By DONALD G. McNEIL Jr.
February 1, 2007
ATLANTA, Feb. 1 -- Cities should close schools for up to three months in
the event of a severe flu outbreak, ball games and movies should be
canceled and working hours staggered so subways and buses are less
crowded, the federal government advised today in issuing new pandemic
flu guidelines to states and cities.
Health officials acknowledged that such measures would hugely disrupt
public life, but they argued that these measure would buy the time
needed to produce vaccines and would save lives because flu viruses
attack in waves lasting about two months.
We have to be prepared for a Category 5 pandemic, said Dr. Martin
Cetron, director of global migration and quarantine for the Centers for
Disease Control and Prevention, in releasing the guidelines. Its not
easy. The only thing thats harder is facing the consequences. That will
In an innovation, the new guidelines are modeled on the five levels of
hurricanes, but ranked by lethality instead of wind speed. Category 1,
which assumes 90,000 Americans would die, is equivalent to a bad year
for seasonal flu, Glen Nowak, a C.D.C. spokesman, said. (About 36,000
Americans die of flu in an average year.) Category 5, which assumes 1.8
million dead, is the equivalent of the 1918 Spanish flu pandemic. (That
flu killed about 2 percent of those infected; the H5N1 flu now
circulating in Asia has killed more than 50 percent but is not easily
The new guidelines also advocate having sick people and all their
families even apparently healthy members stay home for 7 to 10 days.
They advise against closing state borders or airports because crucial
deliveries, including food, would stop. They did not offer guidance on
wearing masks, but Dr. Cetron said the C.D.C. would issue advice on this
The guidelines are only advisory, since authority for measures like
closing schools rests with state and city officials; but many local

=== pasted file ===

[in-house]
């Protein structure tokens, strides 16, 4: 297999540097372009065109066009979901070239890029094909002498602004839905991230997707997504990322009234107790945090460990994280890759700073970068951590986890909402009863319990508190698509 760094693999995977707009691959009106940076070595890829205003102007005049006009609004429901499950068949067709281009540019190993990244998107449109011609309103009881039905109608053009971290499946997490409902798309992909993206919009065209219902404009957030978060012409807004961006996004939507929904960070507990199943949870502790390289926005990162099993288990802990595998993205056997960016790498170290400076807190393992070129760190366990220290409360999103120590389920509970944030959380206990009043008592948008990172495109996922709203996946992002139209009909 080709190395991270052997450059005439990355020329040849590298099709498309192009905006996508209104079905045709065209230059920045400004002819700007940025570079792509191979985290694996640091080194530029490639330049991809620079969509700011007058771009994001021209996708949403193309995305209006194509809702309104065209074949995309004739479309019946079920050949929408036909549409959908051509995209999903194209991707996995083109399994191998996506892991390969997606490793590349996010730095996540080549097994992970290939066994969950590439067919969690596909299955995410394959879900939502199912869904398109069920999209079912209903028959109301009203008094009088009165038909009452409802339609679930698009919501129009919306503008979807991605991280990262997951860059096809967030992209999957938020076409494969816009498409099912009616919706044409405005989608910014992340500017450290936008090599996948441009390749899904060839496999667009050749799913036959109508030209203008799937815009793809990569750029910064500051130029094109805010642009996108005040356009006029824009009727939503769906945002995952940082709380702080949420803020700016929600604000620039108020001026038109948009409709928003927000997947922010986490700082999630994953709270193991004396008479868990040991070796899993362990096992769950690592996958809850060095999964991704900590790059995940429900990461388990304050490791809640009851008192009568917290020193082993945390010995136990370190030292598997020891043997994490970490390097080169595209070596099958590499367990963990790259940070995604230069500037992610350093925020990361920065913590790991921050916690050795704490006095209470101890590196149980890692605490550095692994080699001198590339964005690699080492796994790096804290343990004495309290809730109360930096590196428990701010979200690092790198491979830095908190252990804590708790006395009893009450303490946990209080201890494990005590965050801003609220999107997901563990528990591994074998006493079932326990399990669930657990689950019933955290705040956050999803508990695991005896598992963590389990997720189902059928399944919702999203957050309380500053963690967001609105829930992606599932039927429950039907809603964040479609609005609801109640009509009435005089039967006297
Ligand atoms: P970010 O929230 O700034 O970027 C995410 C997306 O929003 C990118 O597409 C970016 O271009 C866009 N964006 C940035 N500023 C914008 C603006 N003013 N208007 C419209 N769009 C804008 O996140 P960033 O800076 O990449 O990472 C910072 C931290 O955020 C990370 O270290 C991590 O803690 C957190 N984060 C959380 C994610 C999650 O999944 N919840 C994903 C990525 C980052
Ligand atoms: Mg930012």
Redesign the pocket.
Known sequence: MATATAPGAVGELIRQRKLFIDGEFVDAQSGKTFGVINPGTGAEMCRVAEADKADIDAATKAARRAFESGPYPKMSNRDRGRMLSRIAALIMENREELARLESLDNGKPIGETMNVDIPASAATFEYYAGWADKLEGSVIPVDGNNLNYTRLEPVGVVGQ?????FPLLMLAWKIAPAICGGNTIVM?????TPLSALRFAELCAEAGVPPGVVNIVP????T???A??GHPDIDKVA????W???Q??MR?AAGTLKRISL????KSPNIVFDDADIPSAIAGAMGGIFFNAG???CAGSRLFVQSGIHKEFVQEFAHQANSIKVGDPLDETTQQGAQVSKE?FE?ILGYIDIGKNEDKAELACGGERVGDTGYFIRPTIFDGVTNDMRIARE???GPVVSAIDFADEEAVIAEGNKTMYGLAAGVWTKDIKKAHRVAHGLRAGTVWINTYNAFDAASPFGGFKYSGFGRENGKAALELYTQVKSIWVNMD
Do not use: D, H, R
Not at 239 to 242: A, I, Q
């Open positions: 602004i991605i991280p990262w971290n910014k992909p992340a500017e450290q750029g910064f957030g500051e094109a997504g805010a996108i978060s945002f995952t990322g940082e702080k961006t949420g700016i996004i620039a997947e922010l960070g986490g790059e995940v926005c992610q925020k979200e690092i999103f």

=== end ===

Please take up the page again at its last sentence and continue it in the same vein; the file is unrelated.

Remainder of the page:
officials had asked for guidance, Dr. Cetron said.
The federal government has taken primary responsibility for developing
and stockpiling vaccines and antiviral drugs, as well as masks and some
Todays guidelines are partly based on a recent study of how 44 cities
fared in the 1918 epidemic conducted jointly by the C.D.C. and the
University of Michigans medical school. Historians and epidemiologists
pored over hospital records and newspaper clippings, trying to determine
what factors partly spared some cities and doomed others.
While a few tiny towns escaped the epidemic entirely by cutting off all
contact with outside, most cities took less drastic measures. These
included isolating the sick and quarantining homes and rooming houses,
closing schools, churches, bars and other gathering places, canceling
parades, ball games, theaters and other public events, staggering
factory hours, barring door-to-door sales, discouraging the use of
public transport and encouraging the use of face masks.
The most effective measure seemed to be moving early and quickly. For
example, said Dr. Howard Markel, a medical historian and one of the
studys leaders, Philadelphia, the worst-hit city, had nearly three times
as many sick and dead per capita as St. Louis, which had was hit weeks
later by the virus moving inland from the Eastern Seaboard and had time
to react as soon as flu cases rose above averages.
No matter how you set up the model, Dr. Markel said, the cities that
acted earlier and with more layered protective measures fared better.
Any pandemic is expected to move faster than a new vaccine can be